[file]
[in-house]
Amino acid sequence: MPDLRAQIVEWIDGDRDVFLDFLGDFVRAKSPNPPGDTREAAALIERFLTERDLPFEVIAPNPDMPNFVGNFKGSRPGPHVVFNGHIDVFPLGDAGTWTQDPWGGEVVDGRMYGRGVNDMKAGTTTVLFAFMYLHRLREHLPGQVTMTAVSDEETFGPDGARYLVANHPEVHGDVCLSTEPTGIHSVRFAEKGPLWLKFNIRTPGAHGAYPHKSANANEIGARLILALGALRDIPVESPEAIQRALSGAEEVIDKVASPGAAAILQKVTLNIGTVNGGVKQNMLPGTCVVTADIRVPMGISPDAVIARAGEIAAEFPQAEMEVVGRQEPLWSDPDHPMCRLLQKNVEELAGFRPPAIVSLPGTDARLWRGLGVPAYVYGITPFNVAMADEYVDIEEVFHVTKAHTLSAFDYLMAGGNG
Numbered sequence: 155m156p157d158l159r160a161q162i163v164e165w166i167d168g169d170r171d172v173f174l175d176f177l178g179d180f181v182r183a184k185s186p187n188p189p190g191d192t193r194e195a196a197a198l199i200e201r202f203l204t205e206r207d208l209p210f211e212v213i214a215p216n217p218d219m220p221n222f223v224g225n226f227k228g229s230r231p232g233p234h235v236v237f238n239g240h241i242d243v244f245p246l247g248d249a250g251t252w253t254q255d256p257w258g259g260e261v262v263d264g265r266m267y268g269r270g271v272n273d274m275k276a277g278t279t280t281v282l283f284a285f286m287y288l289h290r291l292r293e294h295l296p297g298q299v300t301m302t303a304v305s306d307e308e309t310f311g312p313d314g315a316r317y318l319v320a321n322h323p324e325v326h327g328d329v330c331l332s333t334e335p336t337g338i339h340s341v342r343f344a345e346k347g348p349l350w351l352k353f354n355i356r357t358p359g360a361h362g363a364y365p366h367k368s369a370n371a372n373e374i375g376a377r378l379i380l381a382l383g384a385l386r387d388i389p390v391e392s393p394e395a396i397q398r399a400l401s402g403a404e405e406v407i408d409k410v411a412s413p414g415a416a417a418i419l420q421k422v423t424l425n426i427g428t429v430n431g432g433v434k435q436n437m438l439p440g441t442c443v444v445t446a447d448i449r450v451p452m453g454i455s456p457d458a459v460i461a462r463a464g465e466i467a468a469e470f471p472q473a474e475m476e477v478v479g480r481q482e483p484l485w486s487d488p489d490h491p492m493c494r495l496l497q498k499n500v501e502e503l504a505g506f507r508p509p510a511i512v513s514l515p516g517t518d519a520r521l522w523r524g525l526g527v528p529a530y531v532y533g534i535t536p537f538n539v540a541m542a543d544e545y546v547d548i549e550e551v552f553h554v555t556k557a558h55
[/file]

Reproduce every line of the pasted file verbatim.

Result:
[in-house]
Amino acid sequence: MPDLRAQIVEWIDGDRDVFLDFLGDFVRAKSPNPPGDTREAAALIERFLTERDLPFEVIAPNPDMPNFVGNFKGSRPGPHVVFNGHIDVFPLGDAGTWTQDPWGGEVVDGRMYGRGVNDMKAGTTTVLFAFMYLHRLREHLPGQVTMTAVSDEETFGPDGARYLVANHPEVHGDVCLSTEPTGIHSVRFAEKGPLWLKFNIRTPGAHGAYPHKSANANEIGARLILALGALRDIPVESPEAIQRALSGAEEVIDKVASPGAAAILQKVTLNIGTVNGGVKQNMLPGTCVVTADIRVPMGISPDAVIARAGEIAAEFPQAEMEVVGRQEPLWSDPDHPMCRLLQKNVEELAGFRPPAIVSLPGTDARLWRGLGVPAYVYGITPFNVAMADEYVDIEEVFHVTKAHTLSAFDYLMAGGNG
Numbered sequence: 155m156p157d158l159r160a161q162i163v164e165w166i167d168g169d170r171d172v173f174l175d176f177l178g179d180f181v182r183a184k185s186p187n188p189p190g191d192t193r194e195a196a197a198l199i200e201r202f203l204t205e206r207d208l209p210f211e212v213i214a215p216n217p218d219m220p221n222f223v224g225n226f227k228g229s230r231p232g233p234h235v236v237f238n239g240h241i242d243v244f245p246l247g248d249a250g251t252w253t254q255d256p257w258g259g260e261v262v263d264g265r266m267y268g269r270g271v272n273d274m275k276a277g278t279t280t281v282l283f284a285f286m287y288l289h290r291l292r293e294h295l296p297g298q299v300t301m302t303a304v305s306d307e308e309t310f311g312p313d314g315a316r317y318l319v320a321n322h323p324e325v326h327g328d329v330c331l332s333t334e335p336t337g338i339h340s341v342r343f344a345e346k347g348p349l350w351l352k353f354n355i356r357t358p359g360a361h362g363a364y365p366h367k368s369a370n371a372n373e374i375g376a377r378l379i380l381a382l383g384a385l386r387d388i389p390v391e392s393p394e395a396i397q398r399a400l401s402g403a404e405e406v407i408d409k410v411a412s413p414g415a416a417a418i419l420q421k422v423t424l425n426i427g428t429v430n431g432g433v434k435q436n437m438l439p440g441t442c443v444v445t446a447d448i449r450v451p452m453g454i455s456p457d458a459v460i461a462r463a464g465e466i467a468a469e470f471p472q473a474e475m476e477v478v479g480r481q482e483p484l485w486s487d488p489d490h491p492m493c494r495l496l497q498k499n500v501e502e503l504a505g506f507r508p509p510a511i512v513s514l515p516g517t518d519a520r521l522w523r524g525l526g527v528p529a530y531v532y533g534i535t536p537f538n539v540a541m542a543d544e545y546v547d548i549e550e551v552f553h554v555t556k557a558h55